At the BAFTA Rocliffe New Writing Forum at this year’s NYTVF, Phil Rosenthal (Everybody Loves Raymond) told new writers one of the most common notes he got from executives was to make his characters “likable.”
We all know broadcast TV loves likable leads, but the cable revolution showed us how some unlikability makes things more interesting — this might be HBO’s greatest contribution to TV history, with Larry Sanders, Curb Your Enthusiasm and Sopranos making strong cases for complicated characters.
That tradition is alive and well online, and four comedy pilots screened at the fest proved it.
Readers of this blog might remember Matthew Kirsch’s duder, one of my favorite series with a gay lead, which explores the misadventures of Glen (Kirsch), Ricky (Alden Ford) and their friends in New York City. Kirsch’s protagonists are well-intentioned but occasionally, and humorously, inappropriate. In the episode screened at NYTVF, Ricky calls his college friend a “jackass” on his Facebook wall on the day his mother died — hijinks, including an accidental outing, ensue. The New York audience really liked the episode and duder won best comedy pilot at the fest.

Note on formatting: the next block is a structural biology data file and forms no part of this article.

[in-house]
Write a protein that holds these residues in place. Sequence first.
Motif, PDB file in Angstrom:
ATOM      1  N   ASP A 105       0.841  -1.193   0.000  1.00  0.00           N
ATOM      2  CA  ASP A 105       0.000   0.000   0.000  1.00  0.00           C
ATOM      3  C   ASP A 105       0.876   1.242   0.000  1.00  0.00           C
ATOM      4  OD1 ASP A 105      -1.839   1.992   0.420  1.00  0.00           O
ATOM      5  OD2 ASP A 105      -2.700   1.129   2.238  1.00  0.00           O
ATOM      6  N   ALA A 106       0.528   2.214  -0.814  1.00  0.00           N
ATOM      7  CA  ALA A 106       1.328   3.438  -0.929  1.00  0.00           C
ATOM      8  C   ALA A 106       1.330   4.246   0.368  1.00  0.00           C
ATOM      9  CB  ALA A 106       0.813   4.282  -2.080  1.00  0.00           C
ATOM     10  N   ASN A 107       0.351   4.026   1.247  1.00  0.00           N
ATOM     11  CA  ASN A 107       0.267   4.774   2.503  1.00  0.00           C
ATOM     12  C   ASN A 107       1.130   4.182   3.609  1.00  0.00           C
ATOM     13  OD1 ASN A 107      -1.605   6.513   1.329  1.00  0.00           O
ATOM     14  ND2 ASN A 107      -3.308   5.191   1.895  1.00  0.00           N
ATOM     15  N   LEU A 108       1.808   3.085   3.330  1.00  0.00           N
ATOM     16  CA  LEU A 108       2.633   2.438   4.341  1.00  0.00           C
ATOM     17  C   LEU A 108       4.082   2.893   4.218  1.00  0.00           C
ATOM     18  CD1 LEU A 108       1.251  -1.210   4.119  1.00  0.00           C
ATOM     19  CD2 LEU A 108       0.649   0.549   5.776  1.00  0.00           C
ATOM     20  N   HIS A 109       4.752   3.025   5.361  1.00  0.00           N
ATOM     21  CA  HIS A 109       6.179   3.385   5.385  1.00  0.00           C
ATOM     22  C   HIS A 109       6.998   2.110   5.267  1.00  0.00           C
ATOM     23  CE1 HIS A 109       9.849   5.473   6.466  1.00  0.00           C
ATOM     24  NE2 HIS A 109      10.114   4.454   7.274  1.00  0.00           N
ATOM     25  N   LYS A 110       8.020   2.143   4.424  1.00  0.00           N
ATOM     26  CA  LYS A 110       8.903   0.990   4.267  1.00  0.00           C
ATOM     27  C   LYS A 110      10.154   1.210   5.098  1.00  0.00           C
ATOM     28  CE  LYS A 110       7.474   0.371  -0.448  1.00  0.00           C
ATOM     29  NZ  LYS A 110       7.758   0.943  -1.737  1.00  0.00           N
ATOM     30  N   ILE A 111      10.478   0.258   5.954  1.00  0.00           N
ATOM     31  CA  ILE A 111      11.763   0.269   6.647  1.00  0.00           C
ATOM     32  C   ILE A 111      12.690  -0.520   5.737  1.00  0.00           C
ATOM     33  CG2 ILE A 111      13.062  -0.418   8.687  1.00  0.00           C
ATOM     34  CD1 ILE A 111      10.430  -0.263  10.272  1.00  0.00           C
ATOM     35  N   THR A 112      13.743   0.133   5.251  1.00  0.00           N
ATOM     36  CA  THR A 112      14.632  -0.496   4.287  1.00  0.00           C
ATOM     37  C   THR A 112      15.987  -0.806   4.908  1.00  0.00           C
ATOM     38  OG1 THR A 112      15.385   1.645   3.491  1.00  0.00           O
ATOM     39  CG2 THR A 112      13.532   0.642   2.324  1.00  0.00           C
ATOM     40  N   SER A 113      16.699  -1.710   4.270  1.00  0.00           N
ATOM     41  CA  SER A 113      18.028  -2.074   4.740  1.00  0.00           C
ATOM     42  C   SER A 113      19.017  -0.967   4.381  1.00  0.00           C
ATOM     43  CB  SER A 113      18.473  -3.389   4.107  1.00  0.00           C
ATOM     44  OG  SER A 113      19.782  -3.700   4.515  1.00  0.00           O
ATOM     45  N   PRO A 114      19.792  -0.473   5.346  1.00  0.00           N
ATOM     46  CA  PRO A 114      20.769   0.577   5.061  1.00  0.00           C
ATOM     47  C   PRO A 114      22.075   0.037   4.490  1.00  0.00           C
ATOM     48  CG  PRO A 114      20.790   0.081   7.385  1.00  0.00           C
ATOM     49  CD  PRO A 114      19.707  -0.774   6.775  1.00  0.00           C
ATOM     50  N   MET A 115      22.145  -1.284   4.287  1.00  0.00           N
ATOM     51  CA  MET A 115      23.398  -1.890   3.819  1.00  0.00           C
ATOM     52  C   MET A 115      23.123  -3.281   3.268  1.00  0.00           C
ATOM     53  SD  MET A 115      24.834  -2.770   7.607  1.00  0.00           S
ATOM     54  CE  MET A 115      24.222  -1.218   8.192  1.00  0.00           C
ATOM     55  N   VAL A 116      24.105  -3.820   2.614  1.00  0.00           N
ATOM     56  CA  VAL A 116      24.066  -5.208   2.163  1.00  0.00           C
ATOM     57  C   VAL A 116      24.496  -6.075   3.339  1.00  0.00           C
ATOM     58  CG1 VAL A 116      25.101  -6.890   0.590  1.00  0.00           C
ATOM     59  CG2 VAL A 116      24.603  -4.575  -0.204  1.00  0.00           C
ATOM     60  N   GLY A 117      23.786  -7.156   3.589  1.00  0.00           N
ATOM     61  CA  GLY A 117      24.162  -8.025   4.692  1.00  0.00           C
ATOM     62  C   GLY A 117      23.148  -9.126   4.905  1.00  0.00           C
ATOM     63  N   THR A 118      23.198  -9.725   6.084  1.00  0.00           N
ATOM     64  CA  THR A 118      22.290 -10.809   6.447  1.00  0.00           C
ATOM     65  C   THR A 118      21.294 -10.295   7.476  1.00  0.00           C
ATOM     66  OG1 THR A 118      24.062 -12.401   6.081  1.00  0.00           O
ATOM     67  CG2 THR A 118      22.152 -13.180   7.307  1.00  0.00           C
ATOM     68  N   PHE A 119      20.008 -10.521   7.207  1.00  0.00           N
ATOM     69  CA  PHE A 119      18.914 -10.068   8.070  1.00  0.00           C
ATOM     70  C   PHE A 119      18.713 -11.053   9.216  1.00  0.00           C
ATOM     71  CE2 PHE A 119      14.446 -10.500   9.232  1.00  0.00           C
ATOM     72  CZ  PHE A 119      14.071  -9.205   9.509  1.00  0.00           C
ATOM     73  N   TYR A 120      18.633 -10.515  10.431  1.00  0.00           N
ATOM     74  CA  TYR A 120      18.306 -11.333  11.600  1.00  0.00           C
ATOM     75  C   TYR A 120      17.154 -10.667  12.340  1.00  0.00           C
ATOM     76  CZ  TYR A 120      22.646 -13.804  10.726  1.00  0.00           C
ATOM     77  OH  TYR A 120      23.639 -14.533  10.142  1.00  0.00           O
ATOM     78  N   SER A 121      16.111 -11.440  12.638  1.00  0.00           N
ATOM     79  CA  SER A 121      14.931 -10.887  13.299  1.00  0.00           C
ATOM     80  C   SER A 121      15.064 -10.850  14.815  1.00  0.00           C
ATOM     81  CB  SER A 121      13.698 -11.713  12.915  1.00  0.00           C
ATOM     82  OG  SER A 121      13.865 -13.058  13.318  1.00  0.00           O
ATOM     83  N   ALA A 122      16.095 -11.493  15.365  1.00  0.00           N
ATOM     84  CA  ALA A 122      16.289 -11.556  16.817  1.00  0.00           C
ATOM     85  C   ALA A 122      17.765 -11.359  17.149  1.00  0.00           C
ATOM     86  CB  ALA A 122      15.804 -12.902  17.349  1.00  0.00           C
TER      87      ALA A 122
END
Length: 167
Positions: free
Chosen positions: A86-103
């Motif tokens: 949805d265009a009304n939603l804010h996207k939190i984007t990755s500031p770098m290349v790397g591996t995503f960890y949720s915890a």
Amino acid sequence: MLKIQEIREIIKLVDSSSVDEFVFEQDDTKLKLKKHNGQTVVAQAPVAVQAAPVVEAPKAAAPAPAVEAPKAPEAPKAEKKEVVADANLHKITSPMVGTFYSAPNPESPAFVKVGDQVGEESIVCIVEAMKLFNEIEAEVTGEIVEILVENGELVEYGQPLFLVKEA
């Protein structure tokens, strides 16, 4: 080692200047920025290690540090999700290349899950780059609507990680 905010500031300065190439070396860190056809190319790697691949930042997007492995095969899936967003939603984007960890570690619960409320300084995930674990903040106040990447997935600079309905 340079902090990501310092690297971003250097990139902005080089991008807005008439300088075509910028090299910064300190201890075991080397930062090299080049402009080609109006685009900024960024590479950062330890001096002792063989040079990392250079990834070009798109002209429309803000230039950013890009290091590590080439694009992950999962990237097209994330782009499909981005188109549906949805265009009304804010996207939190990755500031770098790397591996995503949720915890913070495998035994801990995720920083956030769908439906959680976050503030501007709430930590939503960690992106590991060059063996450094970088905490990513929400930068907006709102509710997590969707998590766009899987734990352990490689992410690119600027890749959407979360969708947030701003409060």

In the tradition of Curb Your Enthusiasm, The Weatherman is an Australian series about a hapless, aging meteorologist with radically different-sized feet and a predilection for unintentionally racist comments. The weatherman’s inability to keep his foot out of his mouth made my laugh and squirm at the time. I tend to not watch awkward sitcoms — shows like Curb give me too much anxiety — but The Weatherman was tightly written enough to please fans of relentless comedic discomfort.
Tai Fauci and Patrick Breen‘s Whole Day Down, which has been making the festival rounds, is a sitcom starring Breen and Willie Garson (as themselves) as they attempt to transition from acting to the art world by producing exhibits one day a month at a gallery space. As the series progresses, the pair’s experiment descends farther and farther into chaos. The intentionally strange show has a touch of gloom and inanity that seems quite in step with where most ambitious comedies are headed these days (Workaholics, Always Sunny, Louie, etc.). Director and veteran acing coach Dan Fauci said in a post-screening Q&A the producers are pitching the show’s episodes to TV networks as possible interstitials.
Unfortunately I cannot say much about the fourth pilot in this comedy block, Fishy Business, as I came in late to the screening. From what I saw, however, the show is efficient and inventive, with a sleek look and intriguing concept about selling out in the ailing music industry.